"Software is eating the world." Have truer words ever been spoken other than these words by Marc Andreessen?

I've recently been immersed in a number of home automation projects (lights, heating/cooling, presence detection, and more). I was reflecting on what made all of these automations possible: the drastic increase in the amount of software present in the home. As I was reflecting on this, I realized how different my house is in this respect compared to the house I grew up in.

Now, I'm not saying I'm old. More like, the rate of digitization in the world around us has happened at such a pace that even in my short lifetime, the changes have been deep and wide.

This blog post is a tour of things in my house that are software operated that were not software operated in the house I grew up in. For my purposes here, I define "software operated" as any device that has software or firmware that is upgradable either by me or through an over-the-air process that the device or its cloud service initiates. I'm leaving out "obvious" items like laptops, tablets, and mobile phones.

Alarm clock

My current bed-side alarm clock is a Logitech Squeezebox Radio. It's running a small Linux distribution and is controlled via an instance of the Logitech Media Server (LMS), itself running Linux. The Radio is fully programmable via the LMS, allowing setting multiple alarms, playing music, and more. There used to be a mobile app for interacting with Squeezebox players, but that went away a while ago as the Squeezebox platform is end of life. There was a time when I had a number of Squeezebox devices around, but I have long since jumped to Sonos. The Radio is the last one I have.

Growing up, my alarm clock was a simple digital clock. Unbelievably, you had to remember to set the switch to the Off position when you went to bed Friday night to avoid being woken up early on Saturday! Gasp! And the clock was just that: a clock. It had no concept of a calendar and didn't know the days of the week.

Oooo, it says digital!


Wi-Fi and wired Ethernet connectivity, small physical footprint, cloud connected, and of course, a mobile app. If I hadn't titled this section Stereo, you might've thought I was talking about a microwave (which itself could also be on this list), but I'm talking about my Sonos speakers. The app will occasionally show a prompt that a "system update" is ready which will reboot the speakers (I'll write that again: my speakers need to reboot) as the update is applied.

Growing up? AM/FM tuner. Infrared remote control. Dual tape deck. Six disk CD changer. What a system.


These days I'm using a pair of Bose QuietComfort headphones. While poking around in the Bose app on my iPhone, I found a software version number for the headphones. Sure enough, you can initiate a firmware update for the headphones. This is likely common practice now. Apple's AirPods are quite sophisticated and automatically receive firmware updates via Bluetooth.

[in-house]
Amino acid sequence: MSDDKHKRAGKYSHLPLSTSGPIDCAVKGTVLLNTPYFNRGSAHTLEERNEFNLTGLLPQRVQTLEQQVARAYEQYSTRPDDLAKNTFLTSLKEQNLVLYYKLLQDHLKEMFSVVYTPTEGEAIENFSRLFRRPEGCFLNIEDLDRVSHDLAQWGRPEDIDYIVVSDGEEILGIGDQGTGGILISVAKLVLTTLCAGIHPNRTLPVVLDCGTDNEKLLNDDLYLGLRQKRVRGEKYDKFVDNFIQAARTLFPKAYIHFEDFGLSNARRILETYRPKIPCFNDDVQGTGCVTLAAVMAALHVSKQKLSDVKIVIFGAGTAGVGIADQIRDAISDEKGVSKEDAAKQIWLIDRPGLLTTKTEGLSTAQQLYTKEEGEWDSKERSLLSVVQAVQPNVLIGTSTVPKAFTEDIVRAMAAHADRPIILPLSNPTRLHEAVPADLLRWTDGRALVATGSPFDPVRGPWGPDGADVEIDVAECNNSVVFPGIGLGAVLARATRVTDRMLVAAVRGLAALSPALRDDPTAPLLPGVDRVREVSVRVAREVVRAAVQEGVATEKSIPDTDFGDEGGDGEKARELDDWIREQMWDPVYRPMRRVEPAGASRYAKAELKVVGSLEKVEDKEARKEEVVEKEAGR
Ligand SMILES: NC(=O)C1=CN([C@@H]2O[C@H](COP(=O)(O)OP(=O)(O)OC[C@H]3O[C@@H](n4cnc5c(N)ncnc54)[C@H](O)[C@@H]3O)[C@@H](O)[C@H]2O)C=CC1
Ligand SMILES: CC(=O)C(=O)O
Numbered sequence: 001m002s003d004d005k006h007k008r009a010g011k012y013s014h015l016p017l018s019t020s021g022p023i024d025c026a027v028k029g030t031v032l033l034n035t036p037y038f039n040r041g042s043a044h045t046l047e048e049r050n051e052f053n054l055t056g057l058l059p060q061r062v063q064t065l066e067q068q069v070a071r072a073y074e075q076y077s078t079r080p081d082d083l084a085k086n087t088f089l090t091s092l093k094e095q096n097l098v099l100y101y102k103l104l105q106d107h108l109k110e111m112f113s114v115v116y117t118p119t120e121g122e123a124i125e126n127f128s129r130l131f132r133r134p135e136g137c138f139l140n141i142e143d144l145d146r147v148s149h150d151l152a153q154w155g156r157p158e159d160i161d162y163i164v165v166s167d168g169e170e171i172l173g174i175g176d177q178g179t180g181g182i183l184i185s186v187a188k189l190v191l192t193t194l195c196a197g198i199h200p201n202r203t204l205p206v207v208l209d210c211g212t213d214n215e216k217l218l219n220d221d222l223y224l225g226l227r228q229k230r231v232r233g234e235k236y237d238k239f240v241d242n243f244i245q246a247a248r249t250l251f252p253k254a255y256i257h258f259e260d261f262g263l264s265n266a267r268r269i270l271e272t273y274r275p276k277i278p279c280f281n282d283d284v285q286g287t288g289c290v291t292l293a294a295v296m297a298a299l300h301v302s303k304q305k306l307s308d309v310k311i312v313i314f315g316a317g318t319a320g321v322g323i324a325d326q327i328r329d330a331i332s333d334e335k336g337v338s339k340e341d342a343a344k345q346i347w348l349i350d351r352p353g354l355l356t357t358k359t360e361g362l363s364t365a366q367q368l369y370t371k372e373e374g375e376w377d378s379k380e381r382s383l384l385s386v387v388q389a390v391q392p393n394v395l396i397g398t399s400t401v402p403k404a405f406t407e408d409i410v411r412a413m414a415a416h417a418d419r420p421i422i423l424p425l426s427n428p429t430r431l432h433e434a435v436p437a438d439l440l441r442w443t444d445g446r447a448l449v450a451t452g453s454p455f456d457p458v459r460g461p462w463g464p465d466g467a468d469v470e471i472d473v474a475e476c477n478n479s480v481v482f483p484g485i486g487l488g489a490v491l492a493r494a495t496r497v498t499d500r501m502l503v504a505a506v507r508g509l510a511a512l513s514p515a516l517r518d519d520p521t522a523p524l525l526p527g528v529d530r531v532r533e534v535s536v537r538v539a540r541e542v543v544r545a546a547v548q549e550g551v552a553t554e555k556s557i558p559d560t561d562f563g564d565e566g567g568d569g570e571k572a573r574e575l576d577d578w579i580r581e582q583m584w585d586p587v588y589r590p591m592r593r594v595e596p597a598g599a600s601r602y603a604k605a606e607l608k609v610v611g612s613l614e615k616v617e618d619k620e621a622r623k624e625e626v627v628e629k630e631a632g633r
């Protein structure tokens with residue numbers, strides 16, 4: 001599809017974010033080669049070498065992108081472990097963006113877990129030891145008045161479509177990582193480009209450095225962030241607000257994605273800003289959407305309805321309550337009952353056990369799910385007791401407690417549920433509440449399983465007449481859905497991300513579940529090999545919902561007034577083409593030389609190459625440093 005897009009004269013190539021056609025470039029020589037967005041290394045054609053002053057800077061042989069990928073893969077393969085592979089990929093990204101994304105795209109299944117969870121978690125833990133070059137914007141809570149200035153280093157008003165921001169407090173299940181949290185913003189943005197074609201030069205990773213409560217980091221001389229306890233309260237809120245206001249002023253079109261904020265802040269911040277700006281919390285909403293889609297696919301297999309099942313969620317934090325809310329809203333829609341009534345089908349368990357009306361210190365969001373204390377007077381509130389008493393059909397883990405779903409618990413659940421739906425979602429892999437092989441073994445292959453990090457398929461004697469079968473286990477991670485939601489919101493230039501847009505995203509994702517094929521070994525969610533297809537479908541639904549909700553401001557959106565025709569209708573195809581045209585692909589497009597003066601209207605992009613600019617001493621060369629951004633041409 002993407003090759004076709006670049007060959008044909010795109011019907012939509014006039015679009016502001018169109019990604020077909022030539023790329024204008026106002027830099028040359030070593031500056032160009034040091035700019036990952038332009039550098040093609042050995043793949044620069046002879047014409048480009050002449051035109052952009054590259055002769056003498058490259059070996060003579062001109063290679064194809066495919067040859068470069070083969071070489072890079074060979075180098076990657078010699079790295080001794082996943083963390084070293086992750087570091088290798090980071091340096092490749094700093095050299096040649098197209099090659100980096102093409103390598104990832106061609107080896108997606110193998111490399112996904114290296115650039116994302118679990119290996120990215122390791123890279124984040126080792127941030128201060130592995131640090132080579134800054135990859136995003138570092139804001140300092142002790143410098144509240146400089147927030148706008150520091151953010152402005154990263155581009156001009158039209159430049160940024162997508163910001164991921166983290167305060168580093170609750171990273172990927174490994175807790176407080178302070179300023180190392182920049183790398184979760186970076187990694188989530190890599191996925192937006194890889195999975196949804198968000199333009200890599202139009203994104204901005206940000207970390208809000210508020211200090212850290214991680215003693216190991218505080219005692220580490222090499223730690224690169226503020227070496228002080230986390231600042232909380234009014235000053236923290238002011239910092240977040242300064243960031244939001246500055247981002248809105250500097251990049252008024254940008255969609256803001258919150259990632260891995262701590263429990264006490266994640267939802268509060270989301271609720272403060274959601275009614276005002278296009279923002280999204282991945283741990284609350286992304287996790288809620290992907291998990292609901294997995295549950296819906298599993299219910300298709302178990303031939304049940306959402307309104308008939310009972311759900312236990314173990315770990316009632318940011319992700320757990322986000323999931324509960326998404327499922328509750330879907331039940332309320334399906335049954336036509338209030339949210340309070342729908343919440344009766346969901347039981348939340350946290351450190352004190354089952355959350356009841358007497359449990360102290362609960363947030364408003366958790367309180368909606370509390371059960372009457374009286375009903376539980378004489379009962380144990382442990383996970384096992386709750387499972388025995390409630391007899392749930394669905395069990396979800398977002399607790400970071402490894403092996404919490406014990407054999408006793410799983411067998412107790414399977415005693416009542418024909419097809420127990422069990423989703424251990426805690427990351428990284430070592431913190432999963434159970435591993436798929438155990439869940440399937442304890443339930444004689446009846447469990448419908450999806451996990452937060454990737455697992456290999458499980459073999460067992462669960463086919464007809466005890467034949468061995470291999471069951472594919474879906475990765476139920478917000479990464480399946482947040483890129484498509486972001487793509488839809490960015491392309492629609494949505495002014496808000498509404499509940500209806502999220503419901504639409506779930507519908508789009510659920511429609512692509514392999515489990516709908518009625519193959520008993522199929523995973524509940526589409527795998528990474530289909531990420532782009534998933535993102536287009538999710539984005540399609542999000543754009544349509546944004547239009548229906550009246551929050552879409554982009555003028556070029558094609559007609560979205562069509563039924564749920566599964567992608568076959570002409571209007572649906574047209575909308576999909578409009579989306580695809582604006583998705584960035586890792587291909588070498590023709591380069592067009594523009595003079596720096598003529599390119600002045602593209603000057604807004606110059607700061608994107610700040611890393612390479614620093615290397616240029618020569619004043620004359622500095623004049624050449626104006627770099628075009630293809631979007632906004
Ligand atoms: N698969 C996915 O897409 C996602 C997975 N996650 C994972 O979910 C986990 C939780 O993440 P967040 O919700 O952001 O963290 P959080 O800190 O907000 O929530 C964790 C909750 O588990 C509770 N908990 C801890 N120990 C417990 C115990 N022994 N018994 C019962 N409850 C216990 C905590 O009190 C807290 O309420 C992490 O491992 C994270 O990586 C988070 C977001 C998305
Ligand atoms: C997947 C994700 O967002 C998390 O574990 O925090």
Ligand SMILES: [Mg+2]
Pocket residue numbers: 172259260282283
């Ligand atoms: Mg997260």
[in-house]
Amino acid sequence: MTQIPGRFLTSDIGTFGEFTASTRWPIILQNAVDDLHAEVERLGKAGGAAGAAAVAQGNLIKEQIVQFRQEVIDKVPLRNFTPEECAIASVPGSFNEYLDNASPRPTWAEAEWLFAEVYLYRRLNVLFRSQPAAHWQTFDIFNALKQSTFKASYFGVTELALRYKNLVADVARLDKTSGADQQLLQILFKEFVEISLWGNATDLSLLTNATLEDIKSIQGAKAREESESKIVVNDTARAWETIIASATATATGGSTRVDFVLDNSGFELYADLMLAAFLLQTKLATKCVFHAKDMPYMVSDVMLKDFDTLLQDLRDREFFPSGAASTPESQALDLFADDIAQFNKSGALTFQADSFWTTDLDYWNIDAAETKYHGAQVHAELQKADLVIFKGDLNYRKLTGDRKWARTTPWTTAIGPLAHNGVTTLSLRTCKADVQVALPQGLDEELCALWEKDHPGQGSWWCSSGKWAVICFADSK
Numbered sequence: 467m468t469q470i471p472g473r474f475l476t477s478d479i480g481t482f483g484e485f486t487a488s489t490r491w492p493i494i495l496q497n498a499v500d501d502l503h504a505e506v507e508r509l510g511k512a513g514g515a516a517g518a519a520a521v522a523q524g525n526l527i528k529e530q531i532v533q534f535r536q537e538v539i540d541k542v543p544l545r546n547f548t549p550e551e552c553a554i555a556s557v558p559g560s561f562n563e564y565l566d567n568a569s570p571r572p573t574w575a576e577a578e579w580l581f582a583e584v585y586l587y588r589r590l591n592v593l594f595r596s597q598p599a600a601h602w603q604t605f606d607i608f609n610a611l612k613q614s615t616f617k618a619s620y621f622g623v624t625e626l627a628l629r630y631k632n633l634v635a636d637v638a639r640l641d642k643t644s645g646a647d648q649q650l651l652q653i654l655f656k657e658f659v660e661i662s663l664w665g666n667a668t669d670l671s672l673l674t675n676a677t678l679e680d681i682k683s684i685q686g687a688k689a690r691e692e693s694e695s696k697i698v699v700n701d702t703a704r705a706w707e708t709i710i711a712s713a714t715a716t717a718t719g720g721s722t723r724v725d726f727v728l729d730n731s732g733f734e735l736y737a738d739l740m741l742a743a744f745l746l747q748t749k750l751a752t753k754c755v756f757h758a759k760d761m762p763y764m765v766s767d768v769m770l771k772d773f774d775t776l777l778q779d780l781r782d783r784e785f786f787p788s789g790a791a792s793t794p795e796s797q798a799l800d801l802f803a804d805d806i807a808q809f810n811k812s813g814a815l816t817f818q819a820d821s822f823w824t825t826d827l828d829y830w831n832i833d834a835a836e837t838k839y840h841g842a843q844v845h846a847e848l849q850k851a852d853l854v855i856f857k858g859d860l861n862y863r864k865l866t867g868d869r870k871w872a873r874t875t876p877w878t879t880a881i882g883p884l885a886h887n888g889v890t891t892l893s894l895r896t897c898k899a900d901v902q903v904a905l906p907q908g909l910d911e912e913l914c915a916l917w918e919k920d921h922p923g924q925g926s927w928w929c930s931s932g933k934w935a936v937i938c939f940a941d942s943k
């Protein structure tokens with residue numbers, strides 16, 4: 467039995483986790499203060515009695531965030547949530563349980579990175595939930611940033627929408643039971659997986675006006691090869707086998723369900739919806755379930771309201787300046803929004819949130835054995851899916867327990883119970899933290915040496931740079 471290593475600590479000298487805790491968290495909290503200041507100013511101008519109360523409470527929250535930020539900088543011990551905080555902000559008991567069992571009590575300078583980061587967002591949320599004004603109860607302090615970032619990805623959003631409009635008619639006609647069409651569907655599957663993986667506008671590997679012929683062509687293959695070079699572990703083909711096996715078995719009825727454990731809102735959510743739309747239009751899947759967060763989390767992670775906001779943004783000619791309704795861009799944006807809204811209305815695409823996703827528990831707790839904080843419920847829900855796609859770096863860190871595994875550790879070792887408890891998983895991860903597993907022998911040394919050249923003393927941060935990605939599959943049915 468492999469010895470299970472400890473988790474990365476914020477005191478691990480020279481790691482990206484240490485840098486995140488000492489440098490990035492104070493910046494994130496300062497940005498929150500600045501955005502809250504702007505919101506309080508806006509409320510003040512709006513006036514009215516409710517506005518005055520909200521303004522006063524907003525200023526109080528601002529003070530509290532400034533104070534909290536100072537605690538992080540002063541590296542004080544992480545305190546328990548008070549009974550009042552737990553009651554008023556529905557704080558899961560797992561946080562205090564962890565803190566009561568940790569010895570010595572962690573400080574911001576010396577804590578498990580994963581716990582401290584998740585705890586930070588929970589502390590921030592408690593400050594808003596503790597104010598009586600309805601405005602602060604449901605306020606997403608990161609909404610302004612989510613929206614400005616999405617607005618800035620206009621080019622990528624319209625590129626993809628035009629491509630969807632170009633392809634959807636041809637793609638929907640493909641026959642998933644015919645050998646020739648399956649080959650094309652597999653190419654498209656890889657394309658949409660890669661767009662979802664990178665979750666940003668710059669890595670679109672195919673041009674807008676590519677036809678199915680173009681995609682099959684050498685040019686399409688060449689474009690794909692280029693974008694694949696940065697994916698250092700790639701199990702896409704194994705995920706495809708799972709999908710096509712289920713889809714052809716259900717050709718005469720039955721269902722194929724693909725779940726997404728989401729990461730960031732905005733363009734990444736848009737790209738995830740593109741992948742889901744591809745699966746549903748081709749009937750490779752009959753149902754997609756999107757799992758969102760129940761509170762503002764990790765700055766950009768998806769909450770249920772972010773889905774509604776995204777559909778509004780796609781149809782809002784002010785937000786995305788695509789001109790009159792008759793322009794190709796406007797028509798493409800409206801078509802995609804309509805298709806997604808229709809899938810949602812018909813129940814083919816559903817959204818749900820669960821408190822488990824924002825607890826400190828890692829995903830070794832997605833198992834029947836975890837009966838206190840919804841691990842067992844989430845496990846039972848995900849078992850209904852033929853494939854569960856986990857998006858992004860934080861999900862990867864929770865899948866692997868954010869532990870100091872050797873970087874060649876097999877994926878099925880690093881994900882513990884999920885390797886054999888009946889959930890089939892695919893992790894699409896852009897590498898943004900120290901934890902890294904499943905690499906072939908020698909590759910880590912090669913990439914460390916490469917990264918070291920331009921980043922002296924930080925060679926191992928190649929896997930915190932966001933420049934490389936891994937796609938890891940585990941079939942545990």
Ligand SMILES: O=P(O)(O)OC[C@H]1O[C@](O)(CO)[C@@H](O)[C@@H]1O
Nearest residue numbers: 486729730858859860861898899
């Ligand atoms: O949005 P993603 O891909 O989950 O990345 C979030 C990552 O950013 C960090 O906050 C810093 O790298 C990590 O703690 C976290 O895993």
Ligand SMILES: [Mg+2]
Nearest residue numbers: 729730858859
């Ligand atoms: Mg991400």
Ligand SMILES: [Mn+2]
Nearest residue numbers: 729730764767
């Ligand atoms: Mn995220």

AirPods firmware version

I have no idea what I used growing up, but they certainly did not do anything like this. Wire, two speakers, some metal to hold it on your head. Job done.

Holiday light controllers

I've built a handful of LED light controllers using ESP8266 and ESP32 micro controllers with the excellent WLED software. This software has a rich API, built-in scheduling, and support for multiple light patterns and colors. The lights are programmed to come on at sunset, and off at sun rise. I change the light patterns and colors from my mobile or tablet.

When I was growing up, our holiday light controller was two separate components: a timer named "mom" which would instruct an operator named "dad" to go physically plug the light strip in.

The guts of one of my home-built outdoor LED controllers

Irrigation controller

My in-ground sprinklers are run via a controller that has a touch screen and connects to a cloud service. I can control irrigation via the touch screen, but primarily you use the company's app on my mobile phone and tablet.

We didn't have in-ground sprinklers growing up. We had a hose and a sprinkler. We also didn't have an LCD touch screen, Wi-Fi connectivity, or cloud services to set watering schedules.

Light bulbs

I have a few Philips Hue bulbs in the house. You can turn these on/off, set brightness, adjust color, and more via the Hue app. Within the app, you can initiate software updates on the bulbs.

On a side note... if I ever find myself doubting that software is taking over the world, I just remind myself that light bulbs have software on them. Light bulbs!

Light switches

I've installed a number of smart wall switches where I've wanted to control lights via software (on/off on a schedule, that sort of thing). I've installed the Tasmota firmware on them in order to open up control to third-party systems like Home Assistant.

The PCB inside my smart light switches

Growing up? Click on. Click off. Or, you'd just deal with sitting in the dark.


I now have a Daikin One+ Smart Thermostat. It connects to a cloud service, the cloud service exposes an API for programmatic access, and of course it has an app. The thermostat does over-the-air updates.

Growing up, I'm pretty sure our thermostat had mercury in it. You could pull the front cover off and see the bubble with mercury in it.


I have two TVs in the house. One runs Android TV and the other runs proprietary software. Both can connect to the Internet, use online streaming services, and perform software updates.

I remember the day we got our first flat screen TV when I was growing up (I was watching The Ghostbusters cartoon. IAAONG). It was sweet, sweet rear-projection goodness. Those ghosts never looked so good.